(Created page with "<table style="font-family: Arial, Helvetica, sans-serif; font-size: 9pt;" width="100%" border="0" cellspacing="0" cellpadding="0"> <tr> <td valign="top" width="50%">It has rec...")
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|It has recently been discovered that the Ecuadoran
Quecha use a tree that they call anya huapa,
huachig caspi, huapa, llauta caspi, or machin cara
yura ("monkey bark tree") as a hallucinogen. It is
possible that this tree was already in use for this
purpose in pre-Columbian times, for the informants explained that their ancestors used this
plant to communicate with phantoms and spirits.
The red sap from the trunk, which is ingested
orallyRoute of administration in which the subject swallows a substance., must be boiled before use and is sometimes
mixed with guando (Brugmansia spp.) and tzicta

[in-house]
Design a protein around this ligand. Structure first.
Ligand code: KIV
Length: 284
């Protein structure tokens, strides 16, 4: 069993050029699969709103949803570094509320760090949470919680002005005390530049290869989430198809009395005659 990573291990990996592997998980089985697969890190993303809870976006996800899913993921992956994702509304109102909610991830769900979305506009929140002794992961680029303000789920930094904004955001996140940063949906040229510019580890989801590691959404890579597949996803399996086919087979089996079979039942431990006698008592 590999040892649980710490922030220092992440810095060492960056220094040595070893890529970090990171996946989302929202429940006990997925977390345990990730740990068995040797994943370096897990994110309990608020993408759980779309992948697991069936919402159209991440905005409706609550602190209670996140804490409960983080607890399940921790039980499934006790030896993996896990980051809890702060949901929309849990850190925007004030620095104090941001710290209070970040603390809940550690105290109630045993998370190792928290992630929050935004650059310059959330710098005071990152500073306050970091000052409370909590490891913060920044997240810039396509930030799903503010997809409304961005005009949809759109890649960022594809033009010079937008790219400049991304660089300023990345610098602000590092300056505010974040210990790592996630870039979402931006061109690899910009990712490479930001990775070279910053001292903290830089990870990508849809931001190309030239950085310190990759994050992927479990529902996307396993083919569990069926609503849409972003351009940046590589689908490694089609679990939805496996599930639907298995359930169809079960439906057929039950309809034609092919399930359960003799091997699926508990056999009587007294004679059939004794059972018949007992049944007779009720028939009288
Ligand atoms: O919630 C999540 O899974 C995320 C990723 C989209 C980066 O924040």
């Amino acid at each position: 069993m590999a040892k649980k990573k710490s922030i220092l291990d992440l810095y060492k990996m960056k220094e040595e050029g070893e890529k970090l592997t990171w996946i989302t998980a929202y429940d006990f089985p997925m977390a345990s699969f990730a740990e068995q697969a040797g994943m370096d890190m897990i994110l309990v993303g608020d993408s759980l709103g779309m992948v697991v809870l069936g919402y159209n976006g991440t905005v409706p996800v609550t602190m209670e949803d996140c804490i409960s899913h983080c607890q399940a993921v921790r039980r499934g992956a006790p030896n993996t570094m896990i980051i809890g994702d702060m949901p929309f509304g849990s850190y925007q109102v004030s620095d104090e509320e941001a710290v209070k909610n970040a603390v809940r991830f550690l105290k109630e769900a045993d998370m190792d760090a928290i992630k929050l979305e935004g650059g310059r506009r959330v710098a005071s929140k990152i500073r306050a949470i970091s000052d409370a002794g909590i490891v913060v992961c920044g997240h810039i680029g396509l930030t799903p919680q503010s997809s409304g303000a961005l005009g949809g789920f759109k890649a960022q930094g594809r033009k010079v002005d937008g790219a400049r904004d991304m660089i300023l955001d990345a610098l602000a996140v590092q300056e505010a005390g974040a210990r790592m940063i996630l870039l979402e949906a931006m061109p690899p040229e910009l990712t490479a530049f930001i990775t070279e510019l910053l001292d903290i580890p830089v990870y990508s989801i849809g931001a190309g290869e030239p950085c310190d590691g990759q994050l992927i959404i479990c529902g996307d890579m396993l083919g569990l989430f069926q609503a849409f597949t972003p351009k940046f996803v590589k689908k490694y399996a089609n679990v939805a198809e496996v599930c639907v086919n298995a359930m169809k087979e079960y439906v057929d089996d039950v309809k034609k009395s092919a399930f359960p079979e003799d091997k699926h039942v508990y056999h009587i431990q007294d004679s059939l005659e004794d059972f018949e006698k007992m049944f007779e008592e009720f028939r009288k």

(Tabernaemontana sananho Ruiz et Pav.; see
Tabernaemontana spp.). The Quechua drip some
of the red sap into the nostrils of their dogs so that
they are better able to hunt. A chemical quick test
(Dragendorff test) has confirmed the presence of
alkaloids (Bennett and Alarcon 1994). The Maku
Indians drink the sap of the tree, which they call
tugnebanpe, to treat colds (Prance 1972a, 20*). In
the region around Manaus, the leaves are smoked
as a treatment for asthma (Schultes 1978b, 230*;1983b,347*).
Bennett, B. C., and Rocio Alarcon. 1994.
Osteophloeum platyspermum and Virola duckei
(Myristicaceae): Newly reported as hallucinogens
from Amazonian Ecuador. Economic Botany 48(2): 152-58.